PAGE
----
Sunday, September 20, 2009

What do Girl Talk and Disney have in common?

The first time I heard Girl Talk, a mash-up musician, I instantly fell in love with the dance party inducing music, which samples everything from current top pop songs, hip-hop, 1980s pop, 1990s alternative, and classic rock – and many times, all in one song. Remixing Nirvana, Young Jeezy, Lil’ Wayne, Elton John, and Santana in one song is not atypical of Girl Talk’s music. Conveniently, my appreciation for Girl Talk also coincided with my Introduction to Intellectual Property class and copyright laws and questioning the legality. While Girl Talk may hope to avoid lawsuits through using fair use as a defense, seeing that Girl Talk didn’t get permission to sample the 300 songs in his latest “Feed the Animals” album, it comes as no surprise that NYTimes suggested that his music was a lawsuit waiting to happen.

Of course then, when my friend recently told me to watch RiP! A Remix Manifesto, a film by Brett Gaylor concerning copyright law and remixing media by focusing on Girl Talk, I was immediately enthralled. Gaylor criticizes current copyright laws for inhibiting the production of new forms of art while showing that most works are derived, sample, and reference prior art. He then criticizes Disney, who is at the forefront of promoting further restrictions on copyright laws for the protection of their works, because of their own appropriation of stories, images, and music from other works. Disney not only pushed for copyright law to extend the duration of protection, but as the film shows, has also sent numerous seize and desist letters to places such as children's nurseries for having images of Disney characters on their walls.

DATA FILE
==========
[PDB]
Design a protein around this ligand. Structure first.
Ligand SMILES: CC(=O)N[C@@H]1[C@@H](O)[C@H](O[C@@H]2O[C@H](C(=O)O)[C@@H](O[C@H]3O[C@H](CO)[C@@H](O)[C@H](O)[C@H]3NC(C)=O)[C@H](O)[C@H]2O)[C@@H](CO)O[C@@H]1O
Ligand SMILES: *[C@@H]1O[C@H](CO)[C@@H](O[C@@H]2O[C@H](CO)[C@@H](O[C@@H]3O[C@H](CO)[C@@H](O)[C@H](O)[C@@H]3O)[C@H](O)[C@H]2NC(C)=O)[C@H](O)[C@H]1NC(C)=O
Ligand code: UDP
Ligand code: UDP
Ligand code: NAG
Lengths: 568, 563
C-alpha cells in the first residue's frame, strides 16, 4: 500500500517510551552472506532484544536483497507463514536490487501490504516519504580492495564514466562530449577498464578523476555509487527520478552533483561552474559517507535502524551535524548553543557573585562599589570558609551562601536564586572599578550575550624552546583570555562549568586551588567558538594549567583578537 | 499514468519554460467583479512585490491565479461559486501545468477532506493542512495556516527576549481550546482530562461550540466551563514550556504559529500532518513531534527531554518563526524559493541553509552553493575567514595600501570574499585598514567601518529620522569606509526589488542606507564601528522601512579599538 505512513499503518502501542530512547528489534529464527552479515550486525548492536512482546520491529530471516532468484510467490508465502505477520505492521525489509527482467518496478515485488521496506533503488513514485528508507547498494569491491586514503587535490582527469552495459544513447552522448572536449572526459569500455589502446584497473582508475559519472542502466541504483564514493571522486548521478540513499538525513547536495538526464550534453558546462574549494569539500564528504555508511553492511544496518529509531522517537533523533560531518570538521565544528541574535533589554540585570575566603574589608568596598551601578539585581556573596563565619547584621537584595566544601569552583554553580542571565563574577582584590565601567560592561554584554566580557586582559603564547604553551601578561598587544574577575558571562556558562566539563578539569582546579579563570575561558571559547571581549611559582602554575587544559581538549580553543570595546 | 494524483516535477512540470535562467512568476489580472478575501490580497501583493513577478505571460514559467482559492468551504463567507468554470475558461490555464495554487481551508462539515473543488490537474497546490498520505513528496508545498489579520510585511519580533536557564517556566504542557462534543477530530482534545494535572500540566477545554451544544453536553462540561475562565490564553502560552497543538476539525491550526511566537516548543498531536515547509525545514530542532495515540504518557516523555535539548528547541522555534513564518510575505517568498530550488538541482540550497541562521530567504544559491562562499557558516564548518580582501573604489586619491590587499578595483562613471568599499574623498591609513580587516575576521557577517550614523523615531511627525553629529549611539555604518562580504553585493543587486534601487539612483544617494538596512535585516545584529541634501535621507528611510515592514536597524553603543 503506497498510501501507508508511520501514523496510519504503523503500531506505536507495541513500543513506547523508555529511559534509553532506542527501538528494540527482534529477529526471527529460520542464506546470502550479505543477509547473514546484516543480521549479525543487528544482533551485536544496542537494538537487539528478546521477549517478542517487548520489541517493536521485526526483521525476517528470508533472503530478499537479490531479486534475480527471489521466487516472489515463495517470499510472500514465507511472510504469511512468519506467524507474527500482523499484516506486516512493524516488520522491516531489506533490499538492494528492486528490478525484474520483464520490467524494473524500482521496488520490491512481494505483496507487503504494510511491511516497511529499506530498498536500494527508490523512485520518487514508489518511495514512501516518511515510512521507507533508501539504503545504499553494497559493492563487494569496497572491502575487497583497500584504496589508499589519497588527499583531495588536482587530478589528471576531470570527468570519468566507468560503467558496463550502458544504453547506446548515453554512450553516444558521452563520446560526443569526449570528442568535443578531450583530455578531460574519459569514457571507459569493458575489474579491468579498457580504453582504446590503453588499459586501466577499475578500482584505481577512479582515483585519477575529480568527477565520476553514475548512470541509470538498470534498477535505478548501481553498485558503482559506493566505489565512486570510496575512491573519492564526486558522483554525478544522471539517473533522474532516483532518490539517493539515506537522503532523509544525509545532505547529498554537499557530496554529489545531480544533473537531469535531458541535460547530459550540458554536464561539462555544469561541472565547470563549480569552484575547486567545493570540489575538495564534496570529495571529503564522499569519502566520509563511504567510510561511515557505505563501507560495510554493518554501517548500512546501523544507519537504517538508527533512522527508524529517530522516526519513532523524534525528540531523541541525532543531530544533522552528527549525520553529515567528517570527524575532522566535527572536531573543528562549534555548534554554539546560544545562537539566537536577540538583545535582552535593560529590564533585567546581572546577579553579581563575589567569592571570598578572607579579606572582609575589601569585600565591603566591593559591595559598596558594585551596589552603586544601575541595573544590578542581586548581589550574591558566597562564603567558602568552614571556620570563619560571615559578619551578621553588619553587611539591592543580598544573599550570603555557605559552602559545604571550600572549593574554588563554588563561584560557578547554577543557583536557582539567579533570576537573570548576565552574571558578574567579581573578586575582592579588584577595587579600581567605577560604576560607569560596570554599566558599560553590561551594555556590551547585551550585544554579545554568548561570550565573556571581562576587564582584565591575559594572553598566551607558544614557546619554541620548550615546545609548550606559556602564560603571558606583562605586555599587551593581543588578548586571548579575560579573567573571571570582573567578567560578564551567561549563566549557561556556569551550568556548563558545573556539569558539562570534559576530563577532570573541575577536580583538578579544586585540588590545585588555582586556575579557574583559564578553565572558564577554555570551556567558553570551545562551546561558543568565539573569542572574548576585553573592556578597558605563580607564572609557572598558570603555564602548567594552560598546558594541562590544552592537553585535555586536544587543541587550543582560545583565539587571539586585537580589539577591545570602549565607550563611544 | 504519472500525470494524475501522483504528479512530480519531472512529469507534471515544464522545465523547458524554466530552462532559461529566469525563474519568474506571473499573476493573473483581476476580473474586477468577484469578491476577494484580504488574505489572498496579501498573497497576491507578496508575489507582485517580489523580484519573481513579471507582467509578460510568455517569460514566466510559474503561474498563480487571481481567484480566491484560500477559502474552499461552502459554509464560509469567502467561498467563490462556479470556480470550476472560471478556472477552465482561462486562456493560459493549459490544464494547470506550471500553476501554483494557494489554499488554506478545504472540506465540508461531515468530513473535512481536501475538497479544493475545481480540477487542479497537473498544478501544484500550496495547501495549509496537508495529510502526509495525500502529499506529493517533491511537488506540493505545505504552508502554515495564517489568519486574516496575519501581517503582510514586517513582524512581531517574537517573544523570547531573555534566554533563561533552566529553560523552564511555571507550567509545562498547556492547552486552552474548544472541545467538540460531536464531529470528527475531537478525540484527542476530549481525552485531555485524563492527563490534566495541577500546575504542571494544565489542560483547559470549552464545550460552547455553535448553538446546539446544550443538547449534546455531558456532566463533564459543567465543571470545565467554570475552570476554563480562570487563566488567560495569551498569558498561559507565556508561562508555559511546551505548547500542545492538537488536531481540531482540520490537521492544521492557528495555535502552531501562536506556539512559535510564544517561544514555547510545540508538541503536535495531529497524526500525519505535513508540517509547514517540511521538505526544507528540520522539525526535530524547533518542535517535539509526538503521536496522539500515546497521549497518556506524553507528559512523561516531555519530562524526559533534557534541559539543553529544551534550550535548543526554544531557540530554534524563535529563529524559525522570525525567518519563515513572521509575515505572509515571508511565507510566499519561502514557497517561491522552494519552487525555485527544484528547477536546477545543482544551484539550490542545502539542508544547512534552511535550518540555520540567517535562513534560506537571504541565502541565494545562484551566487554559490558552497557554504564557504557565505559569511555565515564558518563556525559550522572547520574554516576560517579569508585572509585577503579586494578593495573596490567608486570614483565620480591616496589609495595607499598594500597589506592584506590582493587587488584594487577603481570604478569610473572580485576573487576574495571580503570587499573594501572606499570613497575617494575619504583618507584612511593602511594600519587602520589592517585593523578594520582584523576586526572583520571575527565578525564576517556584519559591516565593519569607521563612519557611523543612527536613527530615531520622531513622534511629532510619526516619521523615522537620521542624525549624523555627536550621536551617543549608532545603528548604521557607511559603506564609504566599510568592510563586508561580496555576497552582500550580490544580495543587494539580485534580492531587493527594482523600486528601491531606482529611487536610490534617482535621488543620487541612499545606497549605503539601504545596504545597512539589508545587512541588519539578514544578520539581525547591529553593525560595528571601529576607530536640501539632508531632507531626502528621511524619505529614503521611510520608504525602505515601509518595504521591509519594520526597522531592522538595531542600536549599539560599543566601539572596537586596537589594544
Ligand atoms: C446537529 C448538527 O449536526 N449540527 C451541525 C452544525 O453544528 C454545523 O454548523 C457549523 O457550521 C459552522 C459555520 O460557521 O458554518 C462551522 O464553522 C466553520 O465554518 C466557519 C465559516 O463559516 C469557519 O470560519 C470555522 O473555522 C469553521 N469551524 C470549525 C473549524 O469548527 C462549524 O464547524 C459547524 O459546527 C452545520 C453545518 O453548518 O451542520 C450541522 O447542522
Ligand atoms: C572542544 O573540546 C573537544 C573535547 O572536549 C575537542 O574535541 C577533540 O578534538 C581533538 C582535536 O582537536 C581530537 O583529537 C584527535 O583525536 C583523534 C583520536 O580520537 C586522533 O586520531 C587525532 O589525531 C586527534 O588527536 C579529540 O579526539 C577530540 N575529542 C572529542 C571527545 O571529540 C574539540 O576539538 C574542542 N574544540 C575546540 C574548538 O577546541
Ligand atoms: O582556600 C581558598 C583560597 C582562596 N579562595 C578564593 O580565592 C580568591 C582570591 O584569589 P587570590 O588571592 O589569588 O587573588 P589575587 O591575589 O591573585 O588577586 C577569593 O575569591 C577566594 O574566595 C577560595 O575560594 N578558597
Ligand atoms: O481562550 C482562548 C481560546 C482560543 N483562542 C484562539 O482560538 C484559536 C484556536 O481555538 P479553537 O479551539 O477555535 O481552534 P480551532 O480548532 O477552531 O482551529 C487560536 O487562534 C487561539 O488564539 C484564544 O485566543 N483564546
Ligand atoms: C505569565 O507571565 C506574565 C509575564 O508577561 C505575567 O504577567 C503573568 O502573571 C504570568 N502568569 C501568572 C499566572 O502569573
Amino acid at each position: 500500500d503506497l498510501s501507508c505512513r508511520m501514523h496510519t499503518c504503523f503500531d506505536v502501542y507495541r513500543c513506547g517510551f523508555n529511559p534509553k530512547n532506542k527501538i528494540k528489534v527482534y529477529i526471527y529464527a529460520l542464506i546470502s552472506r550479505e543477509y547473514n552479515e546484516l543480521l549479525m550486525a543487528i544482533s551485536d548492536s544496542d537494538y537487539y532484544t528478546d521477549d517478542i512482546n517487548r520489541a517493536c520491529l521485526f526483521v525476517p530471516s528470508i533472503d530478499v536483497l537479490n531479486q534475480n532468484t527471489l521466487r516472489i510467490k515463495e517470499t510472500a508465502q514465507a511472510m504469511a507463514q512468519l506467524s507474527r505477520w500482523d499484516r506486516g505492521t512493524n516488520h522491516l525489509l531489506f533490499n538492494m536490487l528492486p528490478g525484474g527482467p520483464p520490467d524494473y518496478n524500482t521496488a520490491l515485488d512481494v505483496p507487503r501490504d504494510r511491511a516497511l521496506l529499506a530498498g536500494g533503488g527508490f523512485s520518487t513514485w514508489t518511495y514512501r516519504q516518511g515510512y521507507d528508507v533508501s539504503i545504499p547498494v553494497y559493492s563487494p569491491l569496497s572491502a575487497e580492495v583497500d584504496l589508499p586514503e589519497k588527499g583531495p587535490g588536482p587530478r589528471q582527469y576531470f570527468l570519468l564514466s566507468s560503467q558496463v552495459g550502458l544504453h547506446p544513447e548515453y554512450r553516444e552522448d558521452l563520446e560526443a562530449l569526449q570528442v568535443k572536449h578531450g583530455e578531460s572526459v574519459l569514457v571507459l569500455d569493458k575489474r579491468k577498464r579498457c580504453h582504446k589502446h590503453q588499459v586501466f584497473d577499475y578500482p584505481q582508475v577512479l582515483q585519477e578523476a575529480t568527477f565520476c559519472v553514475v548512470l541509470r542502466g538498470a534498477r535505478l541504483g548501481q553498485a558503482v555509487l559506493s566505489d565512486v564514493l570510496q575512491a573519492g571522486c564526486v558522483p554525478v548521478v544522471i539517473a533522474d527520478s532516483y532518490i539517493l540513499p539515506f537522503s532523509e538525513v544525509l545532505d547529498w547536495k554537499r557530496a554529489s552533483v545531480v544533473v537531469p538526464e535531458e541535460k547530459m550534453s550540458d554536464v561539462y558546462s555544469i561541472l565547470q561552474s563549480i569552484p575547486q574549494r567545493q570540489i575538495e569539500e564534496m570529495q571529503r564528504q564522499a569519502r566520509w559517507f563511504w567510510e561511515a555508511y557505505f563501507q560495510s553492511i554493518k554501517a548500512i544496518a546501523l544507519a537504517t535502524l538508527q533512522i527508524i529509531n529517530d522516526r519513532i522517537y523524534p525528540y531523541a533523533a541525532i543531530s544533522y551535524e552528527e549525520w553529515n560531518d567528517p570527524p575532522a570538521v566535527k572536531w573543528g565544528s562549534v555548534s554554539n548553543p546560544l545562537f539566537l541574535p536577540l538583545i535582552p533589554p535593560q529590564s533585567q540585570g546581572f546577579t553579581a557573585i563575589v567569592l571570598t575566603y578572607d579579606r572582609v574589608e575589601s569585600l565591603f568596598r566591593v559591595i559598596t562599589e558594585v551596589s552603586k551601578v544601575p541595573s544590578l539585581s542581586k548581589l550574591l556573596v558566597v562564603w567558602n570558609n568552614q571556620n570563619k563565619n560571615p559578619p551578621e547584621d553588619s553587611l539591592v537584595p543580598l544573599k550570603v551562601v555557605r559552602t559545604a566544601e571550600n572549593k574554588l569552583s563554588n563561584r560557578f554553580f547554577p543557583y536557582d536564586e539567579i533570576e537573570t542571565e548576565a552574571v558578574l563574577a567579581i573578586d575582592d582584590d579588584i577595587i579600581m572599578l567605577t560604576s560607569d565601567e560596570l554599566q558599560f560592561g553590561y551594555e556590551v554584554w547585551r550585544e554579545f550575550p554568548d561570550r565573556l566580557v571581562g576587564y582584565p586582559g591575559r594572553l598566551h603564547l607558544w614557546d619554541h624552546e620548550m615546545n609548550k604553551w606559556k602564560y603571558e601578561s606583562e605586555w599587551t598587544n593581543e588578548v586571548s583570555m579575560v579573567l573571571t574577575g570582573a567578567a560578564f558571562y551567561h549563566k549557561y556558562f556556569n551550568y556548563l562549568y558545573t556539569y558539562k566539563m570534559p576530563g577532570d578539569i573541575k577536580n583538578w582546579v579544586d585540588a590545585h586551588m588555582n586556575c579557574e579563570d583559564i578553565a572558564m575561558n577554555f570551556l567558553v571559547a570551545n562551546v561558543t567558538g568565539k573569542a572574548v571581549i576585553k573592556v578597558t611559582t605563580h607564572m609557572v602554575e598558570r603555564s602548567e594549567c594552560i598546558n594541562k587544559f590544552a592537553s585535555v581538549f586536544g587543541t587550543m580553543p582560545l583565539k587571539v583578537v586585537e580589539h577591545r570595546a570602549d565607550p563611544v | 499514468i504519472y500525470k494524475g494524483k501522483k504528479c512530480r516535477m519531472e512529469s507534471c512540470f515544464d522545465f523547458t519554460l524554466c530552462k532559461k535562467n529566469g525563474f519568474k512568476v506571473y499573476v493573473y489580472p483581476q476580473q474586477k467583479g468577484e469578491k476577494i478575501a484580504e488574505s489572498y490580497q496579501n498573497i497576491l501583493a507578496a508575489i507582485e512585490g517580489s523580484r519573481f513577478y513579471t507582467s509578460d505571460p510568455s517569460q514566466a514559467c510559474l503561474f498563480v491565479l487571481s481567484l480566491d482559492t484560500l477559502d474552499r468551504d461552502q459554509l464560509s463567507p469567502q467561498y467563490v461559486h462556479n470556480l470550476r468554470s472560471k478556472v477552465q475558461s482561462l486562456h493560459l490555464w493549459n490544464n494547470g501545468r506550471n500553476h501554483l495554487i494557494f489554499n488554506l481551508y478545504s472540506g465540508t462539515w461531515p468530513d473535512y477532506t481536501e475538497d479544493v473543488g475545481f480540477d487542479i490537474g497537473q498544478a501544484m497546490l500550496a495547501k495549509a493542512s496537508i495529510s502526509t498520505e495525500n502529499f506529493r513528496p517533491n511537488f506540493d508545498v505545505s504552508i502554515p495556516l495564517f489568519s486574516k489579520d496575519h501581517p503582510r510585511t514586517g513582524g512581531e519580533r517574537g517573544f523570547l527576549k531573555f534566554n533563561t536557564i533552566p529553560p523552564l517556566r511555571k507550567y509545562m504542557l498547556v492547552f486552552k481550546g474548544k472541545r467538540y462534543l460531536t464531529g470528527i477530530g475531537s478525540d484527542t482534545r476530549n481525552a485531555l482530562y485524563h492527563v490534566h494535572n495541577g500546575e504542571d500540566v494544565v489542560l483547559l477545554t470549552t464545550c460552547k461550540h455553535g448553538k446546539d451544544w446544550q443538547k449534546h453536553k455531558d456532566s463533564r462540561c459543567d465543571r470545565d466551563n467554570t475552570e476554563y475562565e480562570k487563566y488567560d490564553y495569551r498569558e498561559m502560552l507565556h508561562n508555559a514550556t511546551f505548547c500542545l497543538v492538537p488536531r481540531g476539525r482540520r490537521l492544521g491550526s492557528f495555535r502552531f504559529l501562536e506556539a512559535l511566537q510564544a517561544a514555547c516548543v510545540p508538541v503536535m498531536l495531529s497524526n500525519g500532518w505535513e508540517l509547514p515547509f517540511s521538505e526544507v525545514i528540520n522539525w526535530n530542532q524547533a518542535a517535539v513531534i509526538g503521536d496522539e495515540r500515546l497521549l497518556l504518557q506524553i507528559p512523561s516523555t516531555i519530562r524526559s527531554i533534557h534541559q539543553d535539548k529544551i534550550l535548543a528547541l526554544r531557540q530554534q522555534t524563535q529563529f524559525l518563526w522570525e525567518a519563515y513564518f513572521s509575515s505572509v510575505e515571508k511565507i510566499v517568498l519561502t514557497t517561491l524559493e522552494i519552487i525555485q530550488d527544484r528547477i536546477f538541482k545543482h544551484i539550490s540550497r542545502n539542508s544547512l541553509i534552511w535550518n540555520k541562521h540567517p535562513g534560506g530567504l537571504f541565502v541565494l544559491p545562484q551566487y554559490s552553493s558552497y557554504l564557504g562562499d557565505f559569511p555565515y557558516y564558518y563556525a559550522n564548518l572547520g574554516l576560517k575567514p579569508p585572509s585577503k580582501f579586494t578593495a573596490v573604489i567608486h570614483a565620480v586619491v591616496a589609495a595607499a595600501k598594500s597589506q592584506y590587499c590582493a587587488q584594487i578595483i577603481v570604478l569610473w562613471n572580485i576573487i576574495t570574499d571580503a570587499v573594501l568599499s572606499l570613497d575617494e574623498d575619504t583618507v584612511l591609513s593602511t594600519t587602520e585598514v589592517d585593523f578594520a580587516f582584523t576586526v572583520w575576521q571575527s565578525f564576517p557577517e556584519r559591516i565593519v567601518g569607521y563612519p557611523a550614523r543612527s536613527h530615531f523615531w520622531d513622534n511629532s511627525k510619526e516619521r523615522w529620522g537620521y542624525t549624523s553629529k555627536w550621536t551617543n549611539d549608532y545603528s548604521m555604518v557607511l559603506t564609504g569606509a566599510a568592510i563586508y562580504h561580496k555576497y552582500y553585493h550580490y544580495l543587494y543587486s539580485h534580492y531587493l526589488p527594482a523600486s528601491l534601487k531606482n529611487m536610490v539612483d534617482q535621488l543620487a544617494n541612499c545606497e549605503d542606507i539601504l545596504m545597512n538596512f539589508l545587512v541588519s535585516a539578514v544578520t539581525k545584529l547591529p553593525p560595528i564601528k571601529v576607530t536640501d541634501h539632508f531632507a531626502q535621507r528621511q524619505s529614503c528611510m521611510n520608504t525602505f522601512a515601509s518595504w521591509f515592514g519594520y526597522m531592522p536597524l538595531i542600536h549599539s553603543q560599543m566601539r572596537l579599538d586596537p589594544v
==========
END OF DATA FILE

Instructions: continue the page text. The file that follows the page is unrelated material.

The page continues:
Days after watching RiP!, I found it extremely ironic when I read an article concerning a lawsuit against Pixar Animation Studios and Walt Disney by a Norwegian lamp maker, Luxo AS. [Bloomberg] Luxo AS brought a copyright infringement claim against Pixar for its hopping desk lamp character. Luxo AS raises a concern that a Pixar lamp packaged with a Disney DVD would confuse customers and dilute the market. While Pixar’s founder admits to have been inspired by his own Luxo lamp, it will be interesting to see how Disney and Pixar will be combating copyright infringement laws that they so adamantly encouraged and sought to enforce.

Although I'm quite positive this is only one of many of infringement suits against Disney, perhaps it'll serve as a rude awakening that the current copyright laws do not adequately protect nor promote art and creativity, which was its original purported purpose.

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  1. Unfortunately, Disney will not be rudely awoken by the Luxo lawsuit. I'm afraid that the appreciation of irony is not a very strong characteristic amongst rights holders.

  2. Hi Ann,

    Sorry - me again. But also read Rory's post criticizing IP oweners. What's the middle ground (thinking both legally, and economically ... because the suit would not be sustained unless Luxo could make a valid quantifiable argument that they are being - or will be - economically damaged. am i off there?)?

    I have to excuse myself if I don't have basic IP knowledge here, but why it doesn't it work like an academic paper?

    Seriously - I can't take a little from source A, and a little from source B, to make new thing C, and just give a citation? When do I cross the line that I need a license or other IP right grant (is it a profit thing?)?


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